Skip to comments.If you can tip $17,000, this is the island for you
Posted on 01/07/2007 1:39:25 PM PST by nuconvert
If you can tip $17,000, this is the island for you
BY DAVE BARRY
If you're looking to visit a Caribbean island that you cannot possibly afford, I highly recommend St. Barthélemy.
St. Barthélemy -- more commonly called ''St. Barts,'' or ''St. Barth,'' or ''The Land of Naked French People'' -- is a tiny exclusive island located in the Caribbean island chain known as the Lesser Antilles, which also includes Anguilla, Antigua, Begonia, Barbuda, Saba, Simba, Bomba, Rhumba, Gazebo, Madagascar, St. Kitts and the Dave Clark Five. (I may be making some of these islands up; there is no way to know for sure.)
St. Barts is known as a playground for wealthy billionaire jet-set celebrities, who go there to relax with other billionaire celebrities in a relaxing billionaire-celebrity environment. For example, according to a guidebook that my wife read, Brad Pitt sunbathes naked there. I am not saying this is the only reason we went there, but I am saying that, from the moment she read this fact, my wife seemed more interested in St. Barts than any of the other Antilles.
We went to St. Barts for Christmas week, along with my wife's cousin's family. Except for the mass vomiting (more on this later), we had a wonderful time. If you decide to go, here is some useful information:
HOW TO GET
TO ST. BARTS
It turns out that you cannot, in fact, get to St. Barts. That is one of the qualities that make it exclusive. The closest you can get is St. Maarten, which is another Antilles altogether. We flew there from Miami, and we were supposed to then fly to St. Barts on a small St. Maarten-based ''airline.'' I put ''airline'' in quotation marks, because it did not turn out to be the traditional kind of airline in the sense of having actual working airplanes that could lift you off the ground and fly you to another island. It was more the kind of airline where they truly, sincerely would have LIKED to have a working airplane for you. We found this out when we got to the ''airline'' counter, where we spoke with a nice lady who communicated primarily by sighing.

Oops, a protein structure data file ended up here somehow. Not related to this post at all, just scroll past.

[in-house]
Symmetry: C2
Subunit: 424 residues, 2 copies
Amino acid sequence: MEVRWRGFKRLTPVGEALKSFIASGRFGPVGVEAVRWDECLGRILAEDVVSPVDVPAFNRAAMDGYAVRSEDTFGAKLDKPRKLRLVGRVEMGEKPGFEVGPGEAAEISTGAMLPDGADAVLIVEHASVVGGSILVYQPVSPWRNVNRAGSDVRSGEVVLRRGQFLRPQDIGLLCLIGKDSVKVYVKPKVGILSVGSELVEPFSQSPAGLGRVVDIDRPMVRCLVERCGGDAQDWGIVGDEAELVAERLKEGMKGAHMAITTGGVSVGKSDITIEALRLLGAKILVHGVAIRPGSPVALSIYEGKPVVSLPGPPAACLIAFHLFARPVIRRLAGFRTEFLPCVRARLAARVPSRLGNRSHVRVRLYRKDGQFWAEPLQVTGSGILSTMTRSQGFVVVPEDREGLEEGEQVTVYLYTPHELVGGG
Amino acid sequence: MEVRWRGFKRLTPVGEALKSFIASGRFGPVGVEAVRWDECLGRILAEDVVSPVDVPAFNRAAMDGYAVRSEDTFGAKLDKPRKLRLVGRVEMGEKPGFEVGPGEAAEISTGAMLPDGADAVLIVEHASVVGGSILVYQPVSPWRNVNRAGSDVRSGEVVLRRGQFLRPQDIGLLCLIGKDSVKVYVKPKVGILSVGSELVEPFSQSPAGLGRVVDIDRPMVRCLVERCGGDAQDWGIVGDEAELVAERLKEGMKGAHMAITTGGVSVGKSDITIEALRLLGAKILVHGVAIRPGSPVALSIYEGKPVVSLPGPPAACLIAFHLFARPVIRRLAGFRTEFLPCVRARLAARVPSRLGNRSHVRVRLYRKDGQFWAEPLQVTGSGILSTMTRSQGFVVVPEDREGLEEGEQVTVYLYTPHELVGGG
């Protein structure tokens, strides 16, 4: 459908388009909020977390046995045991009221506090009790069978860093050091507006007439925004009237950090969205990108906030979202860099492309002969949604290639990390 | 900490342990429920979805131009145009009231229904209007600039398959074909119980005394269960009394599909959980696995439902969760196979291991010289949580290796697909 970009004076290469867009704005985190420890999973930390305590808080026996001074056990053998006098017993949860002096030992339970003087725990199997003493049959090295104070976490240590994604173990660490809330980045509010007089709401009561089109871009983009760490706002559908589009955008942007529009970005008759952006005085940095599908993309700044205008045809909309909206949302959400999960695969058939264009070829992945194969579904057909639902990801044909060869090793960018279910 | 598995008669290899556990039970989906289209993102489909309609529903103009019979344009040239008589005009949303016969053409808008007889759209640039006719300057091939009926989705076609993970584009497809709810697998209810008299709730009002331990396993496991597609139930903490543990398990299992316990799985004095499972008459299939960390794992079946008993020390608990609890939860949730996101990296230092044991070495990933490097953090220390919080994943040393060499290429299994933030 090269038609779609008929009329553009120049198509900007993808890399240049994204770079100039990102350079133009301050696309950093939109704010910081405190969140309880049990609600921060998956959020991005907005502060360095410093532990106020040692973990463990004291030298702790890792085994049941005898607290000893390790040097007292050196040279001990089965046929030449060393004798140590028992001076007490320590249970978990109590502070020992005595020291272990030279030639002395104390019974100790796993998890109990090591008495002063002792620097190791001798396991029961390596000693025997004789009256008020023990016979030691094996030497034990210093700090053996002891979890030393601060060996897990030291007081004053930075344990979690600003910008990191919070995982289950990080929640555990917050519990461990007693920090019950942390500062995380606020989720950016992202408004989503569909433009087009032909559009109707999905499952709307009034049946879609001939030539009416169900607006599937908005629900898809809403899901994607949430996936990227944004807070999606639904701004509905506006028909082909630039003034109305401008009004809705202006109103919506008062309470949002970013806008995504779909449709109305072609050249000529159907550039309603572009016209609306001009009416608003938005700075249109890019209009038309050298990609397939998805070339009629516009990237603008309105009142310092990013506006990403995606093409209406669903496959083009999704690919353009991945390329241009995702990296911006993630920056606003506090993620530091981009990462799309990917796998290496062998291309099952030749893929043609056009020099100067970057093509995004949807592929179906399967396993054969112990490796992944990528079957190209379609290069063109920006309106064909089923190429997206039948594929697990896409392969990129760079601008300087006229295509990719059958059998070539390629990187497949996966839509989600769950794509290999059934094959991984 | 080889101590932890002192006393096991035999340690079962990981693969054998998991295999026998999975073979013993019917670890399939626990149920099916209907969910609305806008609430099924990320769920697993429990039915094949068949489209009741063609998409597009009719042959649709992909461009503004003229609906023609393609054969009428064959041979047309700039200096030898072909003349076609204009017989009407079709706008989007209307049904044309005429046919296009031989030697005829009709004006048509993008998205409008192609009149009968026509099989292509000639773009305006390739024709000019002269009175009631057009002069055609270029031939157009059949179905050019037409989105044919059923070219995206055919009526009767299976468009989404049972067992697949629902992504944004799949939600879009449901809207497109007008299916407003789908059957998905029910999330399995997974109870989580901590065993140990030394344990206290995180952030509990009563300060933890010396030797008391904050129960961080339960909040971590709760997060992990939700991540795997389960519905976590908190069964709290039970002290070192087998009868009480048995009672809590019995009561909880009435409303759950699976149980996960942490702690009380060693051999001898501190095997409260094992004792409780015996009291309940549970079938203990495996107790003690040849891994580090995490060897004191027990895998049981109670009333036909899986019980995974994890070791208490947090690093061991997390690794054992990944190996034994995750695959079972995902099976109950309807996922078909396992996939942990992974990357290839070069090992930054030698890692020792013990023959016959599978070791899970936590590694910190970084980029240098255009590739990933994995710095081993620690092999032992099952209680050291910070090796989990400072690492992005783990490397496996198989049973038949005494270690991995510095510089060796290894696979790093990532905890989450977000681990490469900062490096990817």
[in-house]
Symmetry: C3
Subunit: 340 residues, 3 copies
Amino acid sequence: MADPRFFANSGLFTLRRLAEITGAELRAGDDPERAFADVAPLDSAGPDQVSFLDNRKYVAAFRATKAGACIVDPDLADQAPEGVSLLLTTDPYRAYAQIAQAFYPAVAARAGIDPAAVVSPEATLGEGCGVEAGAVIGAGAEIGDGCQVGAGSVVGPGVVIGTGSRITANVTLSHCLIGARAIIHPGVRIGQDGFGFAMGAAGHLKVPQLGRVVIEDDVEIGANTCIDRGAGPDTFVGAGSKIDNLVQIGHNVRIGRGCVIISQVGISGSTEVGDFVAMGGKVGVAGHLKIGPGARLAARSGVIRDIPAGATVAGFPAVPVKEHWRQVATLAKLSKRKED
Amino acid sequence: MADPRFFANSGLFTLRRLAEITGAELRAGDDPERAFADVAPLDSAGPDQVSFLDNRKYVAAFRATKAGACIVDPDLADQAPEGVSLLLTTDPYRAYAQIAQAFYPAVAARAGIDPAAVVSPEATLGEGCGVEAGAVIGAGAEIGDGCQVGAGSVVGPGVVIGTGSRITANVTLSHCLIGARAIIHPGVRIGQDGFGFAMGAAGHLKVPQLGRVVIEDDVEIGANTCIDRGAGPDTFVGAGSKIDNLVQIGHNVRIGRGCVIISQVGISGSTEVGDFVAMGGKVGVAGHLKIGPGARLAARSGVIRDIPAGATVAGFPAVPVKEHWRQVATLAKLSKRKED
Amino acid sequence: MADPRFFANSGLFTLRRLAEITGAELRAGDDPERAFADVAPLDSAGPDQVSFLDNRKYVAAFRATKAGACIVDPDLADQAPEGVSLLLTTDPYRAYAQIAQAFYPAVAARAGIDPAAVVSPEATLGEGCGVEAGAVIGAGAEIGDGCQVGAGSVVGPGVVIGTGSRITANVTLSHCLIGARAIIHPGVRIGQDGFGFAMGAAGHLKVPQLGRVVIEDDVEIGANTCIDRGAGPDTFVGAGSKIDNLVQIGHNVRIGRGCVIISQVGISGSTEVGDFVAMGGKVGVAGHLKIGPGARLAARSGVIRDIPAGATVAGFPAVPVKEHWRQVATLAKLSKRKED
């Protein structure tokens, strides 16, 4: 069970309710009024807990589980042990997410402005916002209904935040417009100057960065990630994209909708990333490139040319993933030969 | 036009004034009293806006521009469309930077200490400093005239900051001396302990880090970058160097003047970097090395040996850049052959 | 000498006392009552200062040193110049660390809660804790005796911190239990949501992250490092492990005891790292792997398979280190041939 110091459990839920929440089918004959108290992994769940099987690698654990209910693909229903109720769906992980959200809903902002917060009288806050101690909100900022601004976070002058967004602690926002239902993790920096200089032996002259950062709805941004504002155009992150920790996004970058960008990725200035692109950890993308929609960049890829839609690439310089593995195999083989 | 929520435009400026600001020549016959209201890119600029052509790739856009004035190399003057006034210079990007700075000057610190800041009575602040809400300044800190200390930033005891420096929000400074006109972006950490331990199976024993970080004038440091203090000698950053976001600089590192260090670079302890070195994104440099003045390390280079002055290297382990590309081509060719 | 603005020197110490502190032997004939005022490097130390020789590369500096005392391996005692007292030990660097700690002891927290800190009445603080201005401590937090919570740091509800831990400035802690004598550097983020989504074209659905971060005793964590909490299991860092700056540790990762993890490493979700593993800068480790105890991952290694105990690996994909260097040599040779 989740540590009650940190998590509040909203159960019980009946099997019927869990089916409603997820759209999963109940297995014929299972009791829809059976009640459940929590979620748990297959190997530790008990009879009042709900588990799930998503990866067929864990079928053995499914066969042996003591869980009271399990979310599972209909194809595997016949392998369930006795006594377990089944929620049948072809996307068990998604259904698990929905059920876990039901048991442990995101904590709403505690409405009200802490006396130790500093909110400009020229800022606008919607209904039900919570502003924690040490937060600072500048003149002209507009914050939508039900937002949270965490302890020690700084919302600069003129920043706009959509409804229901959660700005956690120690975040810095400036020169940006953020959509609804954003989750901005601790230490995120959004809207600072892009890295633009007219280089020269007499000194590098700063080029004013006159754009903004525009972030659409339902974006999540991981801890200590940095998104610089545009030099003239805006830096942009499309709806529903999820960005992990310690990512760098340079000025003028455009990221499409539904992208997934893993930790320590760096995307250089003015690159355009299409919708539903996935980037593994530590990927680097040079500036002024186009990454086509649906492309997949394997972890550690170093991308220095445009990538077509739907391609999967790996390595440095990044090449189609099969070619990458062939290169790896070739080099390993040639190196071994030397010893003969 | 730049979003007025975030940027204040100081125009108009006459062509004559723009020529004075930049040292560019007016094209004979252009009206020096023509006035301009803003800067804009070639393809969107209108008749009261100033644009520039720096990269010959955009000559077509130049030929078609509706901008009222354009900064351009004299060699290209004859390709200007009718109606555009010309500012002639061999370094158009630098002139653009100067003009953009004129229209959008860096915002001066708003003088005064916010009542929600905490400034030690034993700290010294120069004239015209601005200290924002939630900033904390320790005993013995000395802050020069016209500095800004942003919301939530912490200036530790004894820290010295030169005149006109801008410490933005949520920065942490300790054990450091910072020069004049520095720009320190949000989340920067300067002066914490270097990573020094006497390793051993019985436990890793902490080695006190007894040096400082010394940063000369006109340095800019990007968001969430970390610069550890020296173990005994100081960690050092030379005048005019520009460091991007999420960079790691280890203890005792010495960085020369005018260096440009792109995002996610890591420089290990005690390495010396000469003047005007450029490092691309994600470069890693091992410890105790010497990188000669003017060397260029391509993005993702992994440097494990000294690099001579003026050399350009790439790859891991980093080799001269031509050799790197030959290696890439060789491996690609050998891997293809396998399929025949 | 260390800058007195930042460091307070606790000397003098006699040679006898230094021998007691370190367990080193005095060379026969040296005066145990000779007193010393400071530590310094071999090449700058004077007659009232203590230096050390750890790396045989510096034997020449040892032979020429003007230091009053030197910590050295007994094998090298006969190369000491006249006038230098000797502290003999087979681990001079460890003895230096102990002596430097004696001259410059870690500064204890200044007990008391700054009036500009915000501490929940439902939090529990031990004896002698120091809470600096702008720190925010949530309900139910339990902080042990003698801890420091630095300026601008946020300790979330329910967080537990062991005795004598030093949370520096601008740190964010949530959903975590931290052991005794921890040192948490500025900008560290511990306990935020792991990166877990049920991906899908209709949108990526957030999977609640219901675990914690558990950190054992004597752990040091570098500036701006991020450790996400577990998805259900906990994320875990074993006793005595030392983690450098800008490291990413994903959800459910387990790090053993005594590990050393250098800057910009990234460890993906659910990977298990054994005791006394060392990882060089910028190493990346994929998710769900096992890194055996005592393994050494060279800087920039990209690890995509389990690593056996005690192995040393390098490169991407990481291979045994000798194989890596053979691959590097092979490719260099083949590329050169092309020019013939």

US: Hello. We have tickets on the flight to St. Barts.
NICE LADY: St. Barts. (Sigh.)
US: So where should we go to get our plane?
NICE LADY: (Sigh.)
Eventually the nice lady was able to communicate to us, by sighing in certain patterns, that there would be no flight to St. Barts for us, or for any of the dozens of other people who also had purchased tickets from this ''airline.'' So we all ran outside and jumped into taxis and raced to catch the last ferry to St. Barts. The good news was, we made the ferry. The bad news was, we made the ferry.
Here is a very important tip about taking the ferry from St. Maarten to St. Barts: Before you get on board -- say, 10 minutes before, just to be sure -- kill yourself. Trust me, this is better. You know those carnival midway rides that spin you violently around and upside down so that when you get off you are retching like a dog that ate a diseased squirrel? Well, those rides are like sitting on a Barca-Lounger compared to riding the ferry to St. Barts. EVERYBODY was throwing up. SEAGULLS were throwing up. At one point I was holding my daughter, who was throwing up, and I looked over at my wife, who was also throwing up, and my wife shot me this look that said: ``This had better be one amazing island that we are going to, Mr. Trip Planner. This island had better be Bali Freaking Hai, or for the rest of your life you will sleep on a futon.''
Fortunately the ferry ride lasted only an hour and 15 minutes -- or, translated into Seasickness Time, eight years. Finally, we arrived in Gustavia, the port city -- basically, the only city -- of St. Barts.
WHAT ST. BARTS IS LIKE
It is fabulous. Seriously. The views are fabulous, the beaches are fabulous, the food is fabulous, the shopping is fabulous. Many of the people are fabulous, although to my wife's bitter disappointment we did not once see Brad Pitt sunbathing naked.
This is not to say that we did not see naked people. St. Barts is very French.